[12/28] shrinker: defer work only to kswapd
diff mbox series

Message ID 20191031234618.15403-13-david@fromorbit.com
State New
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Series
  • mm, xfs: non-blocking inode reclaim
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Commit Message

Dave Chinner Oct. 31, 2019, 11:46 p.m. UTC
From: Dave Chinner <dchinner@redhat.com>

Right now deferred work is picked up by whatever GFP_KERNEL context
reclaimer that wins the race to empty the node's deferred work
counter. However, if there are lots of direct reclaimers, that
work might be continually picked up by contexts taht can't do any
work and so the opportunities to do the work are missed by contexts
that could do them.

A further problem with the current code is that the deferred work
can be picked up by a random direct reclaimer, resulting in that
specific process having to do all the deferred reclaim work and
hence can take extremely long latencies if the reclaim work blocks
regularly. This is not good for direct reclaim fairness or for
minimising long tail latency events.

To avoid these problems, simply limit deferred work to kswapd
contexts. We know kswapd is a context that can always do reclaim
work, and hence deferring work to kswapd allows the deferred work to
be done in the background and not adversely affect any specific
process context doing direct reclaim.

The advantage of this is that amount of work to be done in direct
reclaim is now bound and predictable - it is entirely based on
the cache's freeable objects and the reclaim priority. hence all
direct reclaimers running at the same time should be doing
relatively equal amounts of work, thereby reducing the incidence of
long tail latencies due to uneven reclaim workloads.

Note that we use signed integers for everything except the freed
count as the returns from the shrinker callouts cannot be guaranteed
untainted. Indeed, the shrinkers can return scan counts larger that
were fed in, so we need scan counts to underflow in a detectable
manner to terminate loops. This is necessary to avoid a misbehaving
shrinker from triggering endless scanning loops.

Signed-off-by: Dave Chinner <dchinner@redhat.com>
---
 include/linux/shrinker.h |   2 +-
 mm/vmscan.c              | 100 ++++++++++++++++++++-------------------
 2 files changed, 53 insertions(+), 49 deletions(-)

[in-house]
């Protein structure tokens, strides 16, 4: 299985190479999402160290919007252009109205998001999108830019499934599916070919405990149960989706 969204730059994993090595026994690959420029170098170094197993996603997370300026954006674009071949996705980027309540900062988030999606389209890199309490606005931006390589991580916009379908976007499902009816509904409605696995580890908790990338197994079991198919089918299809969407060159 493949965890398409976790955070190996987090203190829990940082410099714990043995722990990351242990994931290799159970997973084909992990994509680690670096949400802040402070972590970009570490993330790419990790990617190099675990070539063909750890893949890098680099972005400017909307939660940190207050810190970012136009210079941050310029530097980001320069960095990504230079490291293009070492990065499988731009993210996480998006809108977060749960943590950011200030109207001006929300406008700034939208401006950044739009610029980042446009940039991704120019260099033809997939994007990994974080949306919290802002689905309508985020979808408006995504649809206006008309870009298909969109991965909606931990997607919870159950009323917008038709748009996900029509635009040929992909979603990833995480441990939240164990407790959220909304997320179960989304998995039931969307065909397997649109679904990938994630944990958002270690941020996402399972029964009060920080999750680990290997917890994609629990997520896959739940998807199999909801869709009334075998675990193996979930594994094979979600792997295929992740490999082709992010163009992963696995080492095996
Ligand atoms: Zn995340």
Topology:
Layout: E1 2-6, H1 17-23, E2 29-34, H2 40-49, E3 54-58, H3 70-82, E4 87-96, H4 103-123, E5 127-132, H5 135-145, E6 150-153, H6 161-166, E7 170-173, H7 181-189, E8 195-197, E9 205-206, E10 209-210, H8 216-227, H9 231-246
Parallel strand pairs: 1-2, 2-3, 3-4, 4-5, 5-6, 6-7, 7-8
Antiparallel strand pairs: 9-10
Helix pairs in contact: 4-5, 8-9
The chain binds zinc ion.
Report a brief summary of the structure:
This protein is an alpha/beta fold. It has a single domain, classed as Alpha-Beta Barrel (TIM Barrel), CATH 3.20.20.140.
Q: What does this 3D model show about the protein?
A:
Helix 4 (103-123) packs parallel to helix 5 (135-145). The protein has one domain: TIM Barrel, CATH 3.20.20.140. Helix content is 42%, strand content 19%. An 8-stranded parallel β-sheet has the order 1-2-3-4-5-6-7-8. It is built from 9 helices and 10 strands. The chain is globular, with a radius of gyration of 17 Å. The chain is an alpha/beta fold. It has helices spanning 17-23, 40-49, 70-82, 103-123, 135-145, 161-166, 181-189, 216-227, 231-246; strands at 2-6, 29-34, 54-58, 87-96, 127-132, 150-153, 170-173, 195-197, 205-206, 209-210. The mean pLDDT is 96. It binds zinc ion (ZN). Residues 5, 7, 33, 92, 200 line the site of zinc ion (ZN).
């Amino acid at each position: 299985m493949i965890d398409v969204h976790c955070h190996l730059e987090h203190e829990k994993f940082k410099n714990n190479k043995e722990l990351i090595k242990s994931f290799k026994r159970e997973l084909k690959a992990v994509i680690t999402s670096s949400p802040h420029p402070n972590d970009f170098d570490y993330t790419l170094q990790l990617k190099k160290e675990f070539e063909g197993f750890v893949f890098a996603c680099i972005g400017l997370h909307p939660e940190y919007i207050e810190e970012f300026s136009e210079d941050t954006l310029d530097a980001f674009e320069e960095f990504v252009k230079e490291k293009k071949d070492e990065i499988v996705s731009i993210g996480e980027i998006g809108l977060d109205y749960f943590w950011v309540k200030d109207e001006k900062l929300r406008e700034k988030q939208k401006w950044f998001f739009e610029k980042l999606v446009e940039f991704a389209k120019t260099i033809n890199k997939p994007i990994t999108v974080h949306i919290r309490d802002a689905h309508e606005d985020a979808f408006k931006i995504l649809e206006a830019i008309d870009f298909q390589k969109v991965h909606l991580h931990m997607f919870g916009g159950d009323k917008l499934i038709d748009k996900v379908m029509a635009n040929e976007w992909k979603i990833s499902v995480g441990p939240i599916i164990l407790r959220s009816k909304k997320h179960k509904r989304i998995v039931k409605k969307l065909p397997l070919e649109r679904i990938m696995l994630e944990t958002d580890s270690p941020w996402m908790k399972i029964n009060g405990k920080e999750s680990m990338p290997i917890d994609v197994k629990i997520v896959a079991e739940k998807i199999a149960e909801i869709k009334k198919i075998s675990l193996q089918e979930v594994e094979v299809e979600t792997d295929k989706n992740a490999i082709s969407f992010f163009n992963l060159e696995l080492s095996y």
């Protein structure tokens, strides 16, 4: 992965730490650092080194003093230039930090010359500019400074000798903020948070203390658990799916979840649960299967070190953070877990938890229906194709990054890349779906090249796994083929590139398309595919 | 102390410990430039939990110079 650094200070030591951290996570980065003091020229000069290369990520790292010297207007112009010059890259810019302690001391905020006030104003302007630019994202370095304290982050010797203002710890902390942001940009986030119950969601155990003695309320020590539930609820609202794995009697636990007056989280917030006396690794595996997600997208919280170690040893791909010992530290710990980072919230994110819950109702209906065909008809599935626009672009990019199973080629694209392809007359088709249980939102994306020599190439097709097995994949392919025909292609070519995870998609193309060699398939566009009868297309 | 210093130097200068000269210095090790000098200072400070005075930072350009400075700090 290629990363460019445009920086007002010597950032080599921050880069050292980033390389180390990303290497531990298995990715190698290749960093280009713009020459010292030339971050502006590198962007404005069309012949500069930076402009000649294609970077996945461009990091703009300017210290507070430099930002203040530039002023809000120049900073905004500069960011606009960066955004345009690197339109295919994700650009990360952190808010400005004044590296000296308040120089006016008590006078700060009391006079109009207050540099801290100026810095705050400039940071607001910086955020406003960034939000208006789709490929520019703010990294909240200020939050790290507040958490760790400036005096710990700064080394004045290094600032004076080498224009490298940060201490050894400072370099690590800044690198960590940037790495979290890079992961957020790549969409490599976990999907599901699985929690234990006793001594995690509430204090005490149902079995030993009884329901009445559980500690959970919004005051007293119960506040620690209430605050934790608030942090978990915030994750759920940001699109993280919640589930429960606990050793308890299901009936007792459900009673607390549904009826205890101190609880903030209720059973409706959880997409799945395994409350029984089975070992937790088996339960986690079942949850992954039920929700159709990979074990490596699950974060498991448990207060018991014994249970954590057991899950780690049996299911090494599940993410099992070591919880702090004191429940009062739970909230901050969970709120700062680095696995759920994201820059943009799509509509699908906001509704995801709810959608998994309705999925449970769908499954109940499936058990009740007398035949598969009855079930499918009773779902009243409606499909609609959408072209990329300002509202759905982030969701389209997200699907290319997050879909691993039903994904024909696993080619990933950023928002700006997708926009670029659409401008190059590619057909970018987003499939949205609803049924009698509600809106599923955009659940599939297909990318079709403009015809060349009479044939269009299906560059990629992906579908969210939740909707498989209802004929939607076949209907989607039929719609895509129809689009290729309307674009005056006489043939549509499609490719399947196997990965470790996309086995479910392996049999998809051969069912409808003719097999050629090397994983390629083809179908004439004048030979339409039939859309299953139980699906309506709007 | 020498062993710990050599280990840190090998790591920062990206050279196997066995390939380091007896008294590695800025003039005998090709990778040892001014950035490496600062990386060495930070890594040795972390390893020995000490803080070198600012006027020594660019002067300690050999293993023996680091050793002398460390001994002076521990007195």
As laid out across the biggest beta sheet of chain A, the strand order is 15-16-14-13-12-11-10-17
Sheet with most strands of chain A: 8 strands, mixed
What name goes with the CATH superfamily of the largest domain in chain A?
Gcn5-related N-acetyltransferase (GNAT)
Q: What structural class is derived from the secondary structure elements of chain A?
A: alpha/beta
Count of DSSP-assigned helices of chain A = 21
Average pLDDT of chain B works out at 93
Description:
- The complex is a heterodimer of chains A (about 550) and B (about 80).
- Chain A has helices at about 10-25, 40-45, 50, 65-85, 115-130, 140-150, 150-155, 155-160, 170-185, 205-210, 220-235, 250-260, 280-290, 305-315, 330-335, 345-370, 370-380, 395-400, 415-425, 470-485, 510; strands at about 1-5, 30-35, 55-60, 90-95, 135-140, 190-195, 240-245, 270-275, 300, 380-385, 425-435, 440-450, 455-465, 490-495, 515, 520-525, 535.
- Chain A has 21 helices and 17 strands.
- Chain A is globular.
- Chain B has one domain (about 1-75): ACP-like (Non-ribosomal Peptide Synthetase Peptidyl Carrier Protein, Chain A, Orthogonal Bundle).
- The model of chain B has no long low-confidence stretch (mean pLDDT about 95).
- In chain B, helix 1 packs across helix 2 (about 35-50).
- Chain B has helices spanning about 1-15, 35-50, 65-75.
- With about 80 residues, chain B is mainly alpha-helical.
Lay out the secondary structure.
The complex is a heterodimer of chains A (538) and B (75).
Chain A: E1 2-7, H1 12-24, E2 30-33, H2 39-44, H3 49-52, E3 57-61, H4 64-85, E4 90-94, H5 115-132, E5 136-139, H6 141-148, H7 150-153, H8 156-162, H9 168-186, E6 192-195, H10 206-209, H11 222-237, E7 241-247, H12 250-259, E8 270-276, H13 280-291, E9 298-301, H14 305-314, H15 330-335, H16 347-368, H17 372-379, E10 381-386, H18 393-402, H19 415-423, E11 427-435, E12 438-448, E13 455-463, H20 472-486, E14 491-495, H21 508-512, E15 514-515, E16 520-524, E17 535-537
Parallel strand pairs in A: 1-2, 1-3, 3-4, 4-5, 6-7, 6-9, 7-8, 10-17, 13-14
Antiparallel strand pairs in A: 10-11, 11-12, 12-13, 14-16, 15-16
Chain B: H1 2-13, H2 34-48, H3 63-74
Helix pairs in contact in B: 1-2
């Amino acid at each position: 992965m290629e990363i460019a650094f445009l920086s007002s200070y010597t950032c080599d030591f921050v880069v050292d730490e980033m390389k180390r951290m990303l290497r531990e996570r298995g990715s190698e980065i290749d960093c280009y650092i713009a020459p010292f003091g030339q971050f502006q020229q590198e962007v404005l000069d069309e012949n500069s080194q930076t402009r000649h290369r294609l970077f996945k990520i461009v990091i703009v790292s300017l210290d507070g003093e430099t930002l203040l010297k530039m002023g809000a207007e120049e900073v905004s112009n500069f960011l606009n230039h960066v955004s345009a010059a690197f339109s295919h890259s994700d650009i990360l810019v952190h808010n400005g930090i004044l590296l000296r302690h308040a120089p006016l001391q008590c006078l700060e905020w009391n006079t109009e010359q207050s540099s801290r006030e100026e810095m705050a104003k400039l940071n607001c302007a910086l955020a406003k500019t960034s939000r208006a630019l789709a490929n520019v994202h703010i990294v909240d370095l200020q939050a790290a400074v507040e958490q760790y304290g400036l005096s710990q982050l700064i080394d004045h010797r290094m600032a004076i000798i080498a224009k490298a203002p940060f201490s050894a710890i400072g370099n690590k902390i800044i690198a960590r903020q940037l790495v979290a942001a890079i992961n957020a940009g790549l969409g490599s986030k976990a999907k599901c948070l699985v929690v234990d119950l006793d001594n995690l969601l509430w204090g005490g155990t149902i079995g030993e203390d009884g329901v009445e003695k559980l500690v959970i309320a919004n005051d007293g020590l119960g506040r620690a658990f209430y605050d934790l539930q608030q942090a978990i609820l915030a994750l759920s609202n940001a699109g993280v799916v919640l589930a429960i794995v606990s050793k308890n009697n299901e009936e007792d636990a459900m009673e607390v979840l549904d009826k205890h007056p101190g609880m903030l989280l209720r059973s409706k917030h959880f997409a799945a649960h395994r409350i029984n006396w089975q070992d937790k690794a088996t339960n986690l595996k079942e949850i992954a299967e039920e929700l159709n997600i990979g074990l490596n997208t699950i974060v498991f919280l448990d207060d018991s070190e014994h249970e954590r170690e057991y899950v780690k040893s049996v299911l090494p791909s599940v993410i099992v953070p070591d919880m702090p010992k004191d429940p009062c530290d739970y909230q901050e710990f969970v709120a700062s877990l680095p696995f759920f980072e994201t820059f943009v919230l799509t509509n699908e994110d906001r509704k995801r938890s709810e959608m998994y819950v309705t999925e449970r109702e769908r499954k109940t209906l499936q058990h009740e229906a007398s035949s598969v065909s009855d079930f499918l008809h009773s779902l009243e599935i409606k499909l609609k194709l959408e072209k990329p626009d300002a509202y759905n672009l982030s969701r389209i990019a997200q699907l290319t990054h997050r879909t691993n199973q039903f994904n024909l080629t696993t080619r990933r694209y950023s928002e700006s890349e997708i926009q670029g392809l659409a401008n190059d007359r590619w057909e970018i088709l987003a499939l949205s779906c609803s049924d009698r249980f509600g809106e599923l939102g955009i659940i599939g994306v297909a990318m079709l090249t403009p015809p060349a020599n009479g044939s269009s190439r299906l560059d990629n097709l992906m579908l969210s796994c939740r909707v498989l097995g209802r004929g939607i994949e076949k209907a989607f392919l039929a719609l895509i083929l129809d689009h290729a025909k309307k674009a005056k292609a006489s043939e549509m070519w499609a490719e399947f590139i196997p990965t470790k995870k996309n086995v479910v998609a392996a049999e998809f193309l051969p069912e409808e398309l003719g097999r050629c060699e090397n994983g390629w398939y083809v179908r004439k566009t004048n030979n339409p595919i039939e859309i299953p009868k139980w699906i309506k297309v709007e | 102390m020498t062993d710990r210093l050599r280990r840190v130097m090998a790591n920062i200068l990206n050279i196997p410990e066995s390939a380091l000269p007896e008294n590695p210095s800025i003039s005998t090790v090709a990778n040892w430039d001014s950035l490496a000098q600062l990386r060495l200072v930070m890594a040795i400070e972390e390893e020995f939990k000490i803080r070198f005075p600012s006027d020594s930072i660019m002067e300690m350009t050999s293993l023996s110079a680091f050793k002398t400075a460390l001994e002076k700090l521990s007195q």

Comments

Brian Foster Nov. 4, 2019, 3:29 p.m. UTC | #1
On Fri, Nov 01, 2019 at 10:46:02AM +1100, Dave Chinner wrote:
> From: Dave Chinner <dchinner@redhat.com>
> 
> Right now deferred work is picked up by whatever GFP_KERNEL context
> reclaimer that wins the race to empty the node's deferred work
> counter. However, if there are lots of direct reclaimers, that
> work might be continually picked up by contexts taht can't do any
> work and so the opportunities to do the work are missed by contexts
> that could do them.
> 
> A further problem with the current code is that the deferred work
> can be picked up by a random direct reclaimer, resulting in that
> specific process having to do all the deferred reclaim work and
> hence can take extremely long latencies if the reclaim work blocks
> regularly. This is not good for direct reclaim fairness or for
> minimising long tail latency events.
> 
> To avoid these problems, simply limit deferred work to kswapd
> contexts. We know kswapd is a context that can always do reclaim
> work, and hence deferring work to kswapd allows the deferred work to
> be done in the background and not adversely affect any specific
> process context doing direct reclaim.
> 
> The advantage of this is that amount of work to be done in direct
> reclaim is now bound and predictable - it is entirely based on
> the cache's freeable objects and the reclaim priority. hence all
> direct reclaimers running at the same time should be doing
> relatively equal amounts of work, thereby reducing the incidence of
> long tail latencies due to uneven reclaim workloads.
> 
> Note that we use signed integers for everything except the freed
> count as the returns from the shrinker callouts cannot be guaranteed
> untainted. Indeed, the shrinkers can return scan counts larger that
> were fed in, so we need scan counts to underflow in a detectable
> manner to terminate loops. This is necessary to avoid a misbehaving
> shrinker from triggering endless scanning loops.
> 
> Signed-off-by: Dave Chinner <dchinner@redhat.com>
> ---
>  include/linux/shrinker.h |   2 +-
>  mm/vmscan.c              | 100 ++++++++++++++++++++-------------------
>  2 files changed, 53 insertions(+), 49 deletions(-)
> 
> diff --git a/include/linux/shrinker.h b/include/linux/shrinker.h
> index 3405c39ab92c..30c10f42109f 100644
> --- a/include/linux/shrinker.h
> +++ b/include/linux/shrinker.h
> @@ -81,7 +81,7 @@ struct shrinker {
>  	int id;
>  #endif
>  	/* objs pending delete, per node */
> -	atomic_long_t *nr_deferred;
> +	atomic64_t *nr_deferred;
>  };
>  #define DEFAULT_SEEKS 2 /* A good number if you don't know better. */
>  
> diff --git a/mm/vmscan.c b/mm/vmscan.c
> index 2d39ec37c04d..c0e2bf656e3f 100644
> --- a/mm/vmscan.c
> +++ b/mm/vmscan.c
> @@ -517,16 +517,16 @@ static int64_t shrink_scan_count(struct shrink_control *shrinkctl,